Disease implicated as a cause of Turtle Dove decline – a bit.

3)Turtle Dove : By Miguel González Novo from Melilla, Spain. (Paloma bastarda) [CC-BY-SA-2.0 (http://creativecommons.org/licenses/by-sa/2.0)], via Wikimedia Commons
3) Turtle Dove : By Miguel González Novo from Melilla, Spain. (Paloma bastarda) [CC-BY-SA-2.0 (http://creativecommons.org/licenses/by-sa/2.0)], via Wikimedia Commons
The Turtle Dove is a lovely bird but is declining dramatically in the UK but also in many other parts of Europe.

Although one of the more dramatic problems it faces is being shot by hunters on migration, particularly unsportingly (and illegally) on spring migration, this has never seemed to me to be likely to be ‘the’ cause of the Turtle Dove’s Europe-wide decline.  You have to shoot an awful lot of birds to knock a big hole in their population.  And actually, there is rarely ‘a’ single cause of a species’ decline.

But when you have knocked that big hole in the population, all else being equal, the survivors ought to have a lovely time of it with copious resources of food and nest sites. And so they should do quite well. And so the population should tend to bounce back.

MarthanewcoverBut in the case of the Turtle Doves the evidence suggests that they are doing worse and worse in terms of breeding success on the breeding grounds – at least in the UK.  Removal of critical food supplies have been implicated in these declines (at least in the UK).  I discuss some of this in the last chapter of A Message from Martha.

So I was interested to see this paper published recently in the journal Parasitology (by RSPB, Leeds University, Cardiff University and Natural England scientists) which suggests that disease might play some part in this story. All Turtle Doves sampled (n=25) have the protozoan parasite Trichomonas gallinae in their bodies. These infections cause lesions which could make your average Turtle Dove feel rather rotten – or lead to death.  Such a factor could be a different explanation for low breeding success – they are just not in great nick!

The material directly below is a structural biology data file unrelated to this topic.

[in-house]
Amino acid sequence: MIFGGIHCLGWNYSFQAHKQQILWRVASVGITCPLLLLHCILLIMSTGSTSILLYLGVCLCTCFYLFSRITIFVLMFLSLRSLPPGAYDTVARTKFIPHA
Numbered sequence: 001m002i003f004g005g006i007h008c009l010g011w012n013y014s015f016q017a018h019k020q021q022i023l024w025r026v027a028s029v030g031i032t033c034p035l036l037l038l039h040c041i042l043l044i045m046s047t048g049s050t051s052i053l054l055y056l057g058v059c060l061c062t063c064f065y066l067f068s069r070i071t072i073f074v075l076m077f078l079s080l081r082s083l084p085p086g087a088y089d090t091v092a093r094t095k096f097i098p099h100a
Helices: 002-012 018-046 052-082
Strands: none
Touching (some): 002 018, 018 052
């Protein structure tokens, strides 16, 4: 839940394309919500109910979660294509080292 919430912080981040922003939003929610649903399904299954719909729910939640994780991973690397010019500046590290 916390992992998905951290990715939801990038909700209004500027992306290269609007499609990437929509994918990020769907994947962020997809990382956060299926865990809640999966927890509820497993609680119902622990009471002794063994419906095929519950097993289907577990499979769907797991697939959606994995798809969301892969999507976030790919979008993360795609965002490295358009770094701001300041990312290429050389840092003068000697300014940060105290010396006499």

It remains to be seen, I guess, how important this factor is in the UK decline of Turtle Dove. And, again I guess, whatever the answer it may take some time to check its importance across the whole European population.  But it is certainly interesting.

It would be interesting in the case of the Turtle Dove but it is also interesting to me, in what it might mean for the extinction of the Passenger Pigeon too. I am relieved to see that I didn’t dismiss disease as a factor for Passenger Pigeons although there didn’t seem to be that much evidence for it – but then how could there have been?

Trichomonas gallinae is found in pigeon species across much of the world.  It would have been present in North America, no doubt (particularly since domestic pigeons were taken across the Atlantic by European colonists).

If, and it is a big ‘if’, and only an ‘if’, but if disease is an important factor in the decline of the Turtle Dove then the question we might want to answer is ‘Why now?’.  There is a tantalising, but little more than an anecdotal smidgeon of information referred to in the paper and that is that the same strain (that might not be the right term) of Trichomonas infection is present in Red-legged Partridge too. But whether partridges give it to doves, or doves to partridges, is about as promising a discussion as whether men give women colds (which we don’t) or whether women give colds to men (which they do – often on purpose!), or whether badgers give bTb to cattle (which they do) or whether cattle give it to badgers (which they do).

A morsel of pure (or impure) speculation, that is in A Message from Martha too; maybe the introduction and rapid spread of the House Sparrow into North America (introduced from 1851) was the route by which a disease arrived in North America that drove the Passenger Pigeon to extinction. That would be highly ironic. But it is a big leap from where we are with Turtle Doves to that position. Still, makes one think doesn’t it?

More about Turtle Doves here.


8 Replies to “Disease implicated as a cause of Turtle Dove decline – a bit.”

  1. Trich is a real “problem” it seems and there are many “bird lovers” (people who love to feed the birds in their garden) who still seem to not know of it.
    These people often take great delight in having constantly-topped-up seed feeders, but never (or very rarely) clean them.
    In the mid noughties, great flocks of greenfinches would squabble over this concentrated (unnatural?) food source – and drink from filthy, unwashed bird baths.
    Since 2006 the population of our greenfinches (and to a lesser degree, chaffinches) has crashed – this is acknowledged to be a result of Trich, primarily.
    And yet still, there are many “bird lovers” in the UK who will never (or very rarely) clean their bird feeders, let alone their bird baths, coo with delight when they see a “tame”, fluffed-up greenfinch on the ground below the feeders (aaahh how sweet) and often criticise cat owners or pigeon shooters in farms etc for “not caring about ” (or “loving”) birds.
    Of course “Frounce” (raptor Trich) happens too – when bird-eating raptors eat enough prey with infectious Trich protozoa. And yet the “caring” bird-lovers don’t appreciate this either.